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Re: need advice on site with high lead

  • Subject: Re: [cg] need advice on site with high lead
  • From: Adam36055@aol.com
  • Date: Mon, 9 May 2005 19:10:29 EDT

Jack Hale and Mike McGrath are probably the most knowledgable folks I know on 
this listserv re lead paint, and heavy metal remediation in gardens. 


Jack even had a phytoremediation study in one of his gardens paid for by a 
large commerical concern a few years ago, if I'm not mistaken. 

The issue is always kids, and their sucking up of this very nasty metabolic 
poison into their blood streams and skeletal systems. Having tutored kids in 
NYC for over 30 years as a volunteer, I have to tell you that working with kids 
whose intellectual capablilities have been blunted by PICA ( which is what the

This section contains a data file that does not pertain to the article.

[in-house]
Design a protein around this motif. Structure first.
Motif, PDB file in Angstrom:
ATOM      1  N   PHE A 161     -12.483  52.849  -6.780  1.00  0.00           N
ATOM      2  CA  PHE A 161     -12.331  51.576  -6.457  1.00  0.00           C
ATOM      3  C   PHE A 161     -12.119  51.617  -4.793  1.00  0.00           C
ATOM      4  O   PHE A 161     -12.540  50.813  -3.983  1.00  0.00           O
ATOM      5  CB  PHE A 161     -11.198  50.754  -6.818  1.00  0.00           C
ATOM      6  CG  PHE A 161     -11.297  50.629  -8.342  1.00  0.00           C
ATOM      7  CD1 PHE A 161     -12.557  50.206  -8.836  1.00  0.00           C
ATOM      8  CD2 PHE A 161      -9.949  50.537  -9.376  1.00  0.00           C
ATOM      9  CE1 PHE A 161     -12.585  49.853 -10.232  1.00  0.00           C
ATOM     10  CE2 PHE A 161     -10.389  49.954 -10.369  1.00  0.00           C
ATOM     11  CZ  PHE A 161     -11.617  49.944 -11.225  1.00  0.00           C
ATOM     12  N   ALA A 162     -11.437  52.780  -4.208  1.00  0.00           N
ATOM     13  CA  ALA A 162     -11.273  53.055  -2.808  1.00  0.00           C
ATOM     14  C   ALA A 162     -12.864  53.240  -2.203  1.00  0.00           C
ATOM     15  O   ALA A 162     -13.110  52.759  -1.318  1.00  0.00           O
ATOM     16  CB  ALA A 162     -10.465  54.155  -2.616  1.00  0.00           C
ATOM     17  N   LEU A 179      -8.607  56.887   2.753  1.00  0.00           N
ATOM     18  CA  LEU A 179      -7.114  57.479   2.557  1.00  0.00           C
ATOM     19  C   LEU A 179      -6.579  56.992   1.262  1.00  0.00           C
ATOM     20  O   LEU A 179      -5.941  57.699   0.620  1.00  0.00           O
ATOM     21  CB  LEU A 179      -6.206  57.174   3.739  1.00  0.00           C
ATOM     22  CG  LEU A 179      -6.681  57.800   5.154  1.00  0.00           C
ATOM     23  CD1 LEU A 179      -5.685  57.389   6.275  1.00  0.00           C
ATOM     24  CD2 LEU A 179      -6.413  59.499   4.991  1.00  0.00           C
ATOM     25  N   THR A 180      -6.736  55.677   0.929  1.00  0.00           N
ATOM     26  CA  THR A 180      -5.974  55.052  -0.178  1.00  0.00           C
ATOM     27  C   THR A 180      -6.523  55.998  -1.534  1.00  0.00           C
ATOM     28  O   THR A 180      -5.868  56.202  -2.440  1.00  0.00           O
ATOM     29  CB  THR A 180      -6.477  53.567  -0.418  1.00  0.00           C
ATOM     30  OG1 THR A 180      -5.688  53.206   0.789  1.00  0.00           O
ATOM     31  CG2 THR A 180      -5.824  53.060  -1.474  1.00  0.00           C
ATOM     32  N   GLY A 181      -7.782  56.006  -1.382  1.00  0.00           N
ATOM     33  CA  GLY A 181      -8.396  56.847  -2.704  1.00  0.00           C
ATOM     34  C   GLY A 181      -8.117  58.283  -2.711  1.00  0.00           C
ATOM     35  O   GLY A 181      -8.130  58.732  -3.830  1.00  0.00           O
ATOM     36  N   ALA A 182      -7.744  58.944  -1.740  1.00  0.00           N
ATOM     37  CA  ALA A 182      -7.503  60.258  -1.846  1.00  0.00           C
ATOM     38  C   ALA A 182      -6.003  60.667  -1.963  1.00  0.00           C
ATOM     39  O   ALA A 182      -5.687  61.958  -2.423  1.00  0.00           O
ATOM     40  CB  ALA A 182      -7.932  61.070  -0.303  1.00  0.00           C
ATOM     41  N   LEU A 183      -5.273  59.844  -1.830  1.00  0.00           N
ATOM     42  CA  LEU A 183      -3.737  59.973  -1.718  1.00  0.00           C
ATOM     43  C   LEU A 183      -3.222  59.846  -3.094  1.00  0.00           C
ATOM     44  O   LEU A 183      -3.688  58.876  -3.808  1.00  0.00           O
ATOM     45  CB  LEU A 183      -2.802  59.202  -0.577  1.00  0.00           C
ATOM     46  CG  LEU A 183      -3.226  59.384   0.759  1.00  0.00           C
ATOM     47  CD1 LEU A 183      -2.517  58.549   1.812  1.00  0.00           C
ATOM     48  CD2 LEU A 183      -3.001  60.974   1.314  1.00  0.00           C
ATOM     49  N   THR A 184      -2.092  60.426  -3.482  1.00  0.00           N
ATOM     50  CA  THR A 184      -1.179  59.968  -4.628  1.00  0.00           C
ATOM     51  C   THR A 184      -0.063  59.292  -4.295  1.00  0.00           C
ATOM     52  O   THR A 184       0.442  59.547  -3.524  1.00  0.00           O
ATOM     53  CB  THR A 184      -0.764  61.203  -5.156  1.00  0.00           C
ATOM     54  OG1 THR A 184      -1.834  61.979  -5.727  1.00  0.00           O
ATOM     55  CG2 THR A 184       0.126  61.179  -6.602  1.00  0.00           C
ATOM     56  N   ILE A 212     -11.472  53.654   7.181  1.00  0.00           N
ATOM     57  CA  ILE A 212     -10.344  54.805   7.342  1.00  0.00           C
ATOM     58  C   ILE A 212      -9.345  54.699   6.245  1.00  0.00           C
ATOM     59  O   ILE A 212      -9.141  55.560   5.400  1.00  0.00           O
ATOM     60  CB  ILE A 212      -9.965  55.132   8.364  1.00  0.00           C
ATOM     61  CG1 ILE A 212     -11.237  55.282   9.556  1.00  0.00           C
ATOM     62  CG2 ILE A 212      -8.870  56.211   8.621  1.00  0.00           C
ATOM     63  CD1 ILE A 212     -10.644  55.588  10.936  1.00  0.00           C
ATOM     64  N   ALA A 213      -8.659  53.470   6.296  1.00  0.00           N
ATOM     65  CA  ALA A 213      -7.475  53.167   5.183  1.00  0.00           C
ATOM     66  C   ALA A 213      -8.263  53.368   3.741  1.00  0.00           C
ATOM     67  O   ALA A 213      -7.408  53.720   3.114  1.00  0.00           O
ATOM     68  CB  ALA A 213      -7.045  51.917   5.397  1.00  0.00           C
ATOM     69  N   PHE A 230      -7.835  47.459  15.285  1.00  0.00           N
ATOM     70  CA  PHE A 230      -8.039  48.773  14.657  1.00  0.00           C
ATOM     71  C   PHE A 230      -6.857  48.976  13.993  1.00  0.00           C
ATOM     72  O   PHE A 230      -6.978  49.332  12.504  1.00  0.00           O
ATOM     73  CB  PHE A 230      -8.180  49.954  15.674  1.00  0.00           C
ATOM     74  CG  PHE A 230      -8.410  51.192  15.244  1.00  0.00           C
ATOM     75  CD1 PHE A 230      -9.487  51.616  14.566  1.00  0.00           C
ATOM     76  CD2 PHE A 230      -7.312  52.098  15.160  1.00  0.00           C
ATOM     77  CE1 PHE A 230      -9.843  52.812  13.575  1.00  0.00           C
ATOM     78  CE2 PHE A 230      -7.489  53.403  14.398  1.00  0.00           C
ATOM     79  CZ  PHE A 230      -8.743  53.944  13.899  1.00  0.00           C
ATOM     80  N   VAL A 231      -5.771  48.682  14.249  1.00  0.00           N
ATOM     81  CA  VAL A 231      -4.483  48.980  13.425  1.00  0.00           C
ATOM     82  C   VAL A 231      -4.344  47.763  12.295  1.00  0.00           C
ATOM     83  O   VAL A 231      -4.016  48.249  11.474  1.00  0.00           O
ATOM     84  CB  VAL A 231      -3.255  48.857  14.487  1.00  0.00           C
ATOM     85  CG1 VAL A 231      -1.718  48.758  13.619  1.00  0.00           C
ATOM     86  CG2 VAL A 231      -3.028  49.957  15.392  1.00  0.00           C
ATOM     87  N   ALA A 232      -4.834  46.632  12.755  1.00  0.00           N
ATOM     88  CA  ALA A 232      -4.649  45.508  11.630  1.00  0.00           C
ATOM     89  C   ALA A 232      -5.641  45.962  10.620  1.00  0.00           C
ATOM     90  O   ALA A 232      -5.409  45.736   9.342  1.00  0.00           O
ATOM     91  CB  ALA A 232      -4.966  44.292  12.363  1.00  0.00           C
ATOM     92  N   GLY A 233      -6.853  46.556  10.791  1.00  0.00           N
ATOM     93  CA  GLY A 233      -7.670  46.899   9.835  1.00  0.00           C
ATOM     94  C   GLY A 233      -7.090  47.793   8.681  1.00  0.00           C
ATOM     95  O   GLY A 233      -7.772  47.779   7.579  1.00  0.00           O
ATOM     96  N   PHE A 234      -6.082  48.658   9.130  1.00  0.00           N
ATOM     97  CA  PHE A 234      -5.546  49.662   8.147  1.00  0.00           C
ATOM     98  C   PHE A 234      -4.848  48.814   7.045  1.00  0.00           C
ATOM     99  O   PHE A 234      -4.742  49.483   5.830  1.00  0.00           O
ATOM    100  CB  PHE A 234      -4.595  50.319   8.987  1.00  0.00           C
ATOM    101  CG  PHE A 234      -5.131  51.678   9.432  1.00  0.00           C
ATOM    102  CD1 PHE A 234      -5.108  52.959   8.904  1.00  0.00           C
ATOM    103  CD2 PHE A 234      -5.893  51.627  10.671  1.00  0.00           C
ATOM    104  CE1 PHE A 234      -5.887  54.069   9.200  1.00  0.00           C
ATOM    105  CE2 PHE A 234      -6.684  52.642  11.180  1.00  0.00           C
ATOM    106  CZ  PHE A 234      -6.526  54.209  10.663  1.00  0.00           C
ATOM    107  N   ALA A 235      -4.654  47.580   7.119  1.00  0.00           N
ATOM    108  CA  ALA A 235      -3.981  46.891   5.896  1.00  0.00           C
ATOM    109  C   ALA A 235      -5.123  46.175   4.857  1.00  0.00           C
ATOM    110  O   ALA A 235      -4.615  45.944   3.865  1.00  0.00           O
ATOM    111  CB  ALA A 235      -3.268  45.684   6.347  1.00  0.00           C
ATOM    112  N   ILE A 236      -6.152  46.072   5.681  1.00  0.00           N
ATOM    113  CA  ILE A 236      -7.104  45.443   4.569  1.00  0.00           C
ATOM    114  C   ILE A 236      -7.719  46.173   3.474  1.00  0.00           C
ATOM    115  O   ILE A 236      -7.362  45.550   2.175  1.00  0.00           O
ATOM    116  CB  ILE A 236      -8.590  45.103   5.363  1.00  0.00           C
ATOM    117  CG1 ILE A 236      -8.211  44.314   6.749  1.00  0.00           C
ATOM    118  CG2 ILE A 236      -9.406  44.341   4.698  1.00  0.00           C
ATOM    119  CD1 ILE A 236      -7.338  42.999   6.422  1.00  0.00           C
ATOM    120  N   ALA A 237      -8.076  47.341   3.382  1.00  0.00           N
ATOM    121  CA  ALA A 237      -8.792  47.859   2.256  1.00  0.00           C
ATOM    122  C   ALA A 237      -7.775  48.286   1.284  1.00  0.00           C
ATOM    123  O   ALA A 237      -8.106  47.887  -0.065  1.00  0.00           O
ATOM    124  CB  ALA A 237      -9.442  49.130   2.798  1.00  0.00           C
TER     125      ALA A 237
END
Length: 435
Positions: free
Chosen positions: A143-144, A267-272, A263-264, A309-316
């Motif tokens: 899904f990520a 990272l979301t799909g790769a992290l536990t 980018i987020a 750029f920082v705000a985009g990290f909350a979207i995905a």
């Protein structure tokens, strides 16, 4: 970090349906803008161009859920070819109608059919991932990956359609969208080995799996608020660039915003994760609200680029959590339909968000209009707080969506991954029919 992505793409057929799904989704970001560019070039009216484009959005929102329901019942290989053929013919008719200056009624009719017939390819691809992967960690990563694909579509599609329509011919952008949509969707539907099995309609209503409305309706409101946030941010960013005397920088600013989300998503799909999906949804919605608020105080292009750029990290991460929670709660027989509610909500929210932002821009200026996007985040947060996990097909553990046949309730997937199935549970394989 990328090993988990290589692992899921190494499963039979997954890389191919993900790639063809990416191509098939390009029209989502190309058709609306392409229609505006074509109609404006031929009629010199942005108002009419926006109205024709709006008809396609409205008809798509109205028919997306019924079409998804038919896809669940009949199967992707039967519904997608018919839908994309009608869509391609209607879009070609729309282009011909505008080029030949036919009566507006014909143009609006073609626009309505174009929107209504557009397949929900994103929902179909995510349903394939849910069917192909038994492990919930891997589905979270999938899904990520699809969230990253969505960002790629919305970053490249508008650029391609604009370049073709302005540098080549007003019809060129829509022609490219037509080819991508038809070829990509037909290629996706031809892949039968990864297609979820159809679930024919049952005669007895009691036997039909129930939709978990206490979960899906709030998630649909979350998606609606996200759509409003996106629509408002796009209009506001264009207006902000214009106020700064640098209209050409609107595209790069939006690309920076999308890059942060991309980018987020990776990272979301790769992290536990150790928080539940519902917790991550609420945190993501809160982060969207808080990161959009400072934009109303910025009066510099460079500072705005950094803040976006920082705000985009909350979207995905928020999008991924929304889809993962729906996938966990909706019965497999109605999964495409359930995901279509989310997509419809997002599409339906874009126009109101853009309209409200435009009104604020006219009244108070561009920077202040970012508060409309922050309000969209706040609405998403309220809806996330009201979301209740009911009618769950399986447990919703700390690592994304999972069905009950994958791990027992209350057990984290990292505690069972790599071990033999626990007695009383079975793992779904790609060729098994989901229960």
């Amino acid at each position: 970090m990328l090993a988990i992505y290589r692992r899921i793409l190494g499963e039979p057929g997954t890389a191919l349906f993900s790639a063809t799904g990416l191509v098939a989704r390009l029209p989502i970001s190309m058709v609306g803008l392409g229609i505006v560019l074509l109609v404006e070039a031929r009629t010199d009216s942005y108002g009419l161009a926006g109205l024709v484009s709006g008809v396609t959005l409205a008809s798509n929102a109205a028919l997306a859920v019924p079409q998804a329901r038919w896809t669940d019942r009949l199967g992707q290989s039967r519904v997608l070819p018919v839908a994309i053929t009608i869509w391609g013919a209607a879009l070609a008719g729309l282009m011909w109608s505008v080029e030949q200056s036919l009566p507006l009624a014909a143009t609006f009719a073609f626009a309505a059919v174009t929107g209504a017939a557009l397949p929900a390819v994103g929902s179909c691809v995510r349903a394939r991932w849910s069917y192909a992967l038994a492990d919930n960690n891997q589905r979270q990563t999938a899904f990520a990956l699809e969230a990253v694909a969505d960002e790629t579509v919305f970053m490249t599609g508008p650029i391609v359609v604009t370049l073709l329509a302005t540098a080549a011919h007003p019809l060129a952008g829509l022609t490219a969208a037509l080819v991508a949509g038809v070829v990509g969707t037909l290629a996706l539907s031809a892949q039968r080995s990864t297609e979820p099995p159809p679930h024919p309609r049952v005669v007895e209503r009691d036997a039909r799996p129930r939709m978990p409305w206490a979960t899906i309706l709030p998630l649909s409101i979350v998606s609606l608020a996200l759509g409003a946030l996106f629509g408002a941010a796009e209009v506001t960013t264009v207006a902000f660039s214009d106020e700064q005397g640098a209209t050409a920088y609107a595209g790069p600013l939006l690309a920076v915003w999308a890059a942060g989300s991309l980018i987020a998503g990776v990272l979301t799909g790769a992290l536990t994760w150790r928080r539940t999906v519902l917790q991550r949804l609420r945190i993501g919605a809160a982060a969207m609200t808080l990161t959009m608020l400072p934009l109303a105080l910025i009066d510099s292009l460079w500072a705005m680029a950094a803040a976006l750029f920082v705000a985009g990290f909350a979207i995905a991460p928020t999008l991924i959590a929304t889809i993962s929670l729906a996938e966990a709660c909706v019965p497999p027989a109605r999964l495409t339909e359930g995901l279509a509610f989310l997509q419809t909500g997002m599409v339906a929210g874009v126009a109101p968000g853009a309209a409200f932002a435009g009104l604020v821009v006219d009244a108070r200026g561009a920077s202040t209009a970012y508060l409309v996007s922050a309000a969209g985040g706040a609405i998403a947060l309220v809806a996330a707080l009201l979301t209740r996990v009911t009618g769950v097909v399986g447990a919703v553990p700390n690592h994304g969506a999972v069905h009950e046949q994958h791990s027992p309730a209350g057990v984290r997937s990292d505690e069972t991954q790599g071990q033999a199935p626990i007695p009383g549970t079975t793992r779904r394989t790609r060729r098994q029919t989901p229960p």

lead paint syndrome is called) is bloody tragic.  Europe banned lead paint in 
houses over 70 years ago. We only stopped doing this in the eighties, and are 
still having the devil's own time dealing with this poision in older 
buildings in this country. 

OK - lead paint is heavy and sinks down, but digging it up, as deep as you 
can go, burying what you have, and then using raised beds is the only ETHICAL 
thing any commnunity gardener can do.  Once you've worked or seen lead poisoned 
people, no degree of crossing your fingers or hoping you can do it on the 
cheap can be justified.  

Dig it up, according to scientifc standards, dump-truck new earth, and raised 
beds, and be sure you test what you have new is the only way that I see is 

Or pave the place over and place containers on top of the paving.  Or just 
walk away and let the place become a basketball court.  Sometimes that may be 
the best use of a wasteland. 

Adam Honigman
Clinton Community Garden

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